Saturday, January 19, 2008

More On The Future Of Lost

This post is in response to the comments made on my last post. I know, I could just comment on my own post like I normally do, but this would go on too long.

First, to theFrog:

I watched that old WB show Roswell all the way to the end pretty much only because they filmed it around the corner from my house. All the scenes that took place in downtown "Roswell" really took place in downtown Covina. Sometimes I used to go watch them film after work. So I know what you mean about the kick you get out of seeing local stuff on the TV.

As for watching it on TV . . . I have to admit I've never done it. And I plan to this season, but I'm a little afraid to.

See, my favorite show used to be 24. Like Lost, I would wait until the DVDs came out and then rent the whole season through Netflix or something. But I just got to liking the show so much that I had to start watching it live.

And you can guess which season I started doing that, because that was the season that 24 started heading a little south.

So now I'm scared to start watching Lost as it airs, for fear that the problem is me.

They are fixing the main problem that kept me from watching it live before--they're showing the episodes straight, in order, in consecutive weeks.

But I completely understand where you're coming from. When you wait for the DVDs, it puts you in complete control. You only have to go through the frustration of having to wait on someone else's schedule once.

The only drawback is that the one time lasts all year.

Second, to Anonymous (May I call you Annie?):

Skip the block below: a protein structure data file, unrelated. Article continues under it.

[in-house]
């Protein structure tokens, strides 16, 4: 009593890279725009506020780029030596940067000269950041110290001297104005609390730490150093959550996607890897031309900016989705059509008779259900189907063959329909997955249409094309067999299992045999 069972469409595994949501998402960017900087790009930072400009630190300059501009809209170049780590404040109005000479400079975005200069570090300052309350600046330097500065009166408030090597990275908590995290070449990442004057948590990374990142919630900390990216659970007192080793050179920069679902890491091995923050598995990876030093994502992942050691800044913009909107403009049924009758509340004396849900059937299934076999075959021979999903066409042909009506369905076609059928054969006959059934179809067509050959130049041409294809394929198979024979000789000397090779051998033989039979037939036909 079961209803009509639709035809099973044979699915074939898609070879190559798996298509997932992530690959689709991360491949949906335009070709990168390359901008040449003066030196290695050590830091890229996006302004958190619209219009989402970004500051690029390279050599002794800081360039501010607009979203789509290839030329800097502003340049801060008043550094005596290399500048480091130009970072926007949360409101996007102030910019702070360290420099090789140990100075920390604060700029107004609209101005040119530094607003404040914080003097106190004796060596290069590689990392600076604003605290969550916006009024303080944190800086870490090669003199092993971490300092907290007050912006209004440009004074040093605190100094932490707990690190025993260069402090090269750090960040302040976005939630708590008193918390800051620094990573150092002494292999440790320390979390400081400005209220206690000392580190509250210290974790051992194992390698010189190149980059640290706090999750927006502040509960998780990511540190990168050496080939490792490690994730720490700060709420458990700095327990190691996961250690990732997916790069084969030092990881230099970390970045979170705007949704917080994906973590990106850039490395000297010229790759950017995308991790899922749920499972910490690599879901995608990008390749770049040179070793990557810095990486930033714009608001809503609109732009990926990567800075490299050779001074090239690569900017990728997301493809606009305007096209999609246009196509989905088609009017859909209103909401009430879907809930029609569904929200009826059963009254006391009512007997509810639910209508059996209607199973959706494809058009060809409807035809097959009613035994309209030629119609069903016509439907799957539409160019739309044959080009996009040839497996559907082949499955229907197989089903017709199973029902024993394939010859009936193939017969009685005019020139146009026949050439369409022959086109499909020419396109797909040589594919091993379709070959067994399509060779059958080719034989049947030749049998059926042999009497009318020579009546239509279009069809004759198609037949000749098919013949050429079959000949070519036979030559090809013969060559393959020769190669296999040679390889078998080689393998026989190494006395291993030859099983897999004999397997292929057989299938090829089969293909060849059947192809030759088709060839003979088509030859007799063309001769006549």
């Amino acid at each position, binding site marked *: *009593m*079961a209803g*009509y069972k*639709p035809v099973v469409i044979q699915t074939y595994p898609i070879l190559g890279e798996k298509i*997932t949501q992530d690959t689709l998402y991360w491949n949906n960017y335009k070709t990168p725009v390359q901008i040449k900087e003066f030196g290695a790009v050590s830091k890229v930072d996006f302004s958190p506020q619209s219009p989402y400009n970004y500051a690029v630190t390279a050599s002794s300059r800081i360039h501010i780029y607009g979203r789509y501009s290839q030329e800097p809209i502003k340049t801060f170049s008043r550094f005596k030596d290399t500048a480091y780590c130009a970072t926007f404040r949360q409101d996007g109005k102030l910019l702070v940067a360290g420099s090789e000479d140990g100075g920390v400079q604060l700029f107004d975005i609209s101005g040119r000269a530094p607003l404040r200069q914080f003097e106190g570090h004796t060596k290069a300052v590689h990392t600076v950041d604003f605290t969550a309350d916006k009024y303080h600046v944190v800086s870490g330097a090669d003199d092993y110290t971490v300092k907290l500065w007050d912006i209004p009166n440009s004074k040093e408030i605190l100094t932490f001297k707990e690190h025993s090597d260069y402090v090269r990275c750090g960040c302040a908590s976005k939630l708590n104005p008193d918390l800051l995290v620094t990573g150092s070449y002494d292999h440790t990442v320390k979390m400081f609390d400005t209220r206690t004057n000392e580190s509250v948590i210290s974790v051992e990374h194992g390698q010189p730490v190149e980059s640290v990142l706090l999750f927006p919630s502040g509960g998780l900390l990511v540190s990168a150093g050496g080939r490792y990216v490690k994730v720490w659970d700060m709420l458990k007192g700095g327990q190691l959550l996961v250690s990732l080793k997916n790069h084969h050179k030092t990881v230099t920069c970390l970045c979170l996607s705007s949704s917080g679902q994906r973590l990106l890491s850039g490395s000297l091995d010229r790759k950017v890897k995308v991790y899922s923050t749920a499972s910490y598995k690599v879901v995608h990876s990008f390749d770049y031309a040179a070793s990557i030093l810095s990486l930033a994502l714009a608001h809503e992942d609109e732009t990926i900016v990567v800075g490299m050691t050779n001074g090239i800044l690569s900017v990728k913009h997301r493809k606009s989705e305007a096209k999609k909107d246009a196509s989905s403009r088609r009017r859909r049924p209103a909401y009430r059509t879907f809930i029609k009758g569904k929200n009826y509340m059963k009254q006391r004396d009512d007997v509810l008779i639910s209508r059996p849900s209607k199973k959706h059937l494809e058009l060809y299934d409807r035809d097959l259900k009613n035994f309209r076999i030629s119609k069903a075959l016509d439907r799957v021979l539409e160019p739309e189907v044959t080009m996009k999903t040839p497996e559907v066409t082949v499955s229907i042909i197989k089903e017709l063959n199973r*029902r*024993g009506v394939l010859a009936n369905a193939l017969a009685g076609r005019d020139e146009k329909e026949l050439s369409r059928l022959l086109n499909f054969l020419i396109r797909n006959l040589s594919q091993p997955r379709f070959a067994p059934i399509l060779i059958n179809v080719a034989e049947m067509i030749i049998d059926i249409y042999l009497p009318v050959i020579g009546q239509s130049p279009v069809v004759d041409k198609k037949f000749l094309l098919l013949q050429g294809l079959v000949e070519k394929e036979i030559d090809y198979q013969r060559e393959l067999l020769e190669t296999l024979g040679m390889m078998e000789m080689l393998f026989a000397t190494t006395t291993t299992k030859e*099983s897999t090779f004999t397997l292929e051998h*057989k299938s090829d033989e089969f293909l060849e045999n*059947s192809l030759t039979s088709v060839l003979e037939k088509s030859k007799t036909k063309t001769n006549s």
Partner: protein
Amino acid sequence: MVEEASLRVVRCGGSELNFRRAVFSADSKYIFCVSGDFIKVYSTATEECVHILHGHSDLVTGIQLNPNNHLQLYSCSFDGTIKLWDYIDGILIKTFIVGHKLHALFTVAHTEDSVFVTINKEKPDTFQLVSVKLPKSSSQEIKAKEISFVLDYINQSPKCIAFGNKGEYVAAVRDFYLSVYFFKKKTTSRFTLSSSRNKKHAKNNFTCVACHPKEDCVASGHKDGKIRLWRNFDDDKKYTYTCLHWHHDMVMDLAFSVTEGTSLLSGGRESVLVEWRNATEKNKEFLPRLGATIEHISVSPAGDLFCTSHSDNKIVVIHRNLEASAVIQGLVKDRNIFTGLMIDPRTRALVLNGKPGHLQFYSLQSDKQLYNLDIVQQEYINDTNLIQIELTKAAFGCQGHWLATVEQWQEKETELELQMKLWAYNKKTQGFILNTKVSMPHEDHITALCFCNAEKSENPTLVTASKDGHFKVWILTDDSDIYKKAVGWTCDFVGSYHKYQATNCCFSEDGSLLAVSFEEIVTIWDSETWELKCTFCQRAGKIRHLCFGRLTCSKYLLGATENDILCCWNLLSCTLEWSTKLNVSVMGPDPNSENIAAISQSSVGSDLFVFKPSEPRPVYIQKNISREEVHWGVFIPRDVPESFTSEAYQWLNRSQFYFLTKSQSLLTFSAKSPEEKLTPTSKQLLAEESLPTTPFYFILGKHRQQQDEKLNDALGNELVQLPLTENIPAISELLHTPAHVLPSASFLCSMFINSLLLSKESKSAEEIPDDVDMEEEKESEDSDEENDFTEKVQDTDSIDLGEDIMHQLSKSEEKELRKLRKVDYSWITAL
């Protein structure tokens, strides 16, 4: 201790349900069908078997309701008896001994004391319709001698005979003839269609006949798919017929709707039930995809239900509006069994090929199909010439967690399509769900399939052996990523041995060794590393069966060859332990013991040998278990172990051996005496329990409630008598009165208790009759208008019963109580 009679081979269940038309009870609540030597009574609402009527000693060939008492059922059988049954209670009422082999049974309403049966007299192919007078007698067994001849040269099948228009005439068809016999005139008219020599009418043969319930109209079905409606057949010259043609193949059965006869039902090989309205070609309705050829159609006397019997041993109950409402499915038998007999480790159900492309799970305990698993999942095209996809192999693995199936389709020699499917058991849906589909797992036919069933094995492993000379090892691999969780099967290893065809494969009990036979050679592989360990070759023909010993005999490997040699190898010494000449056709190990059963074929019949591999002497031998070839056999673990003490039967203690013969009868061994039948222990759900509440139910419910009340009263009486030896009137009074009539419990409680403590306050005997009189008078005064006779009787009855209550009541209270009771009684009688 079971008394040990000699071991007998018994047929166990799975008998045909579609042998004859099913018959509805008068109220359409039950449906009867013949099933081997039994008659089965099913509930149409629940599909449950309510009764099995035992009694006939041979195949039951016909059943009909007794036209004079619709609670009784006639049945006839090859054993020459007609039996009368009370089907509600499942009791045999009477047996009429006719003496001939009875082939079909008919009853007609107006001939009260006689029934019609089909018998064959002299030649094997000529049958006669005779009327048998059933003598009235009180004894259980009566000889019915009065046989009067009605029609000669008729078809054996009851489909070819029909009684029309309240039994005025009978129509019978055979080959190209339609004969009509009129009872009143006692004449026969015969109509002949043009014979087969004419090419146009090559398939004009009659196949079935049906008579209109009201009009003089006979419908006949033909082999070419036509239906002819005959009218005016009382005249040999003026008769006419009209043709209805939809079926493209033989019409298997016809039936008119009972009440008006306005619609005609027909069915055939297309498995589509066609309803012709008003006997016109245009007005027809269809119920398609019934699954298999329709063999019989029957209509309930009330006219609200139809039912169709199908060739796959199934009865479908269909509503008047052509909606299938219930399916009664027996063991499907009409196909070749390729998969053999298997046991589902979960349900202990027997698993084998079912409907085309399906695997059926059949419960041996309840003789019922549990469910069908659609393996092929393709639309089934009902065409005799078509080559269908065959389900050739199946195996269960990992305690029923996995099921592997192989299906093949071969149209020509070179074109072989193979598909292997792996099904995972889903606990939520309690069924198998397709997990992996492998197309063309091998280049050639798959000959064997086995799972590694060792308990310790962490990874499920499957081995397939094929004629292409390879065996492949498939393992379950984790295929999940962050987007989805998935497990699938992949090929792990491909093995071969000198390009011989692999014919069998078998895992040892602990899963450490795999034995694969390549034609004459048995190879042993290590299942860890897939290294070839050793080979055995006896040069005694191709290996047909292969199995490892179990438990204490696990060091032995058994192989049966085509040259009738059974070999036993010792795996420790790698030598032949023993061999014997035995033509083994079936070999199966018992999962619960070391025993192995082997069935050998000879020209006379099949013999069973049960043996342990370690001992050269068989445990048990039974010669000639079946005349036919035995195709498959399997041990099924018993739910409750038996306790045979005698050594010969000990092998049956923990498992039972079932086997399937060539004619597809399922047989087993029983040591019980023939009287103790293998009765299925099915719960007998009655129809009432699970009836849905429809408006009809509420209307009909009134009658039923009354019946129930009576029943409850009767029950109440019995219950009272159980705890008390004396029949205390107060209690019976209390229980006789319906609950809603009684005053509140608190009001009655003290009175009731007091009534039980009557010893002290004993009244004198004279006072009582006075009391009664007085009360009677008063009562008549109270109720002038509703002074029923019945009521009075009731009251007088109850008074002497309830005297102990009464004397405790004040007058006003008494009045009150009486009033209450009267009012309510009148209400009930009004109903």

Annie, I get where you're coming from.

A lot of the scenes on Lost depend on suspense to create the "flavor" and part of the suspense comes from being afraid of what might happen. Being afraid of what might happen comes from not knowing either:

A) The motives of some of the people in the scene.
B) Why things are happening the way they are.

Since answering the mysteries would mean answering those two questions, there goes suspense.

But that's part of the challenge the writers are facing--they're having to write the show in such a way that past scenes change, but are still meaningful, after mysteries are answered.

So far, they're doing a really, really good job at this. So much so, that they felt justified in actually showing some old scenes again, just so we could see how those scenes felt different now.

After all--a lot of the suspense will be gone on repeat viewings simply because we know what's going to happen next.

If they can make it worth our while to watch repeatedly because of all the hidden crossovers between the characters and more modified meanings that happen after you know more--in other words, giving answers that add to the past scenes rather than deflate them--that's the challenge the producers face, and the one that will drive their DVD sales the most.

Ultimately, it's because the show is a mystery that they can't leave the questions unanswered. Any mystery story, whether it's a short story or novel, TV show or movie, starts when you pose a question and ends when the question has been answered.

This isn't Gilligan's Island. The goal of the show isn't just to get everyone off the island. In fact, that was the real message of the big twist at the end of last season--getting off the island won't resolve a thing.

Nothing is going to feel resolves, and viewers aren't going to feel satisfied, until they get answers. As many as is humanly possible.

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